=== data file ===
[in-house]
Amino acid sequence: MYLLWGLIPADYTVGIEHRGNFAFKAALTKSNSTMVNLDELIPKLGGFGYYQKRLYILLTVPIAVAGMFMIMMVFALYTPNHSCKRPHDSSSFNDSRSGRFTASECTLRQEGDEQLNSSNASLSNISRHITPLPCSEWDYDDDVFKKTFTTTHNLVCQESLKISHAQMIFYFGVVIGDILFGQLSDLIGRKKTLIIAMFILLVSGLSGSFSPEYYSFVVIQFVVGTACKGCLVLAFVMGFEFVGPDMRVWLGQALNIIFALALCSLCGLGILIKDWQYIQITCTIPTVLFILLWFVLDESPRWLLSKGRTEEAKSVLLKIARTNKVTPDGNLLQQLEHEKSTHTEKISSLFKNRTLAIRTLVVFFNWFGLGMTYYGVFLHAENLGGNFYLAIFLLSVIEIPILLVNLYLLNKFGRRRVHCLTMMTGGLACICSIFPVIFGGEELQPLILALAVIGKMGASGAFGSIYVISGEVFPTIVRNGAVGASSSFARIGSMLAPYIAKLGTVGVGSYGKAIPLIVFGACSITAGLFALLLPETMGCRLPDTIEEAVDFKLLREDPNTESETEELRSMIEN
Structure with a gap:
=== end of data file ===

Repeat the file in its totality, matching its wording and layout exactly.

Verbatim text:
[in-house]
Amino acid sequence: MYLLWGLIPADYTVGIEHRGNFAFKAALTKSNSTMVNLDELIPKLGGFGYYQKRLYILLTVPIAVAGMFMIMMVFALYTPNHSCKRPHDSSSFNDSRSGRFTASECTLRQEGDEQLNSSNASLSNISRHITPLPCSEWDYDDDVFKKTFTTTHNLVCQESLKISHAQMIFYFGVVIGDILFGQLSDLIGRKKTLIIAMFILLVSGLSGSFSPEYYSFVVIQFVVGTACKGCLVLAFVMGFEFVGPDMRVWLGQALNIIFALALCSLCGLGILIKDWQYIQITCTIPTVLFILLWFVLDESPRWLLSKGRTEEAKSVLLKIARTNKVTPDGNLLQQLEHEKSTHTEKISSLFKNRTLAIRTLVVFFNWFGLGMTYYGVFLHAENLGGNFYLAIFLLSVIEIPILLVNLYLLNKFGRRRVHCLTMMTGGLACICSIFPVIFGGEELQPLILALAVIGKMGASGAFGSIYVISGEVFPTIVRNGAVGASSSFARIGSMLAPYIAKLGTVGVGSYGKAIPLIVFGACSITAGLFALLLPETMGCRLPDTIEEAVDFKLLREDPNTESETEELRSMIEN
Structure with a gap: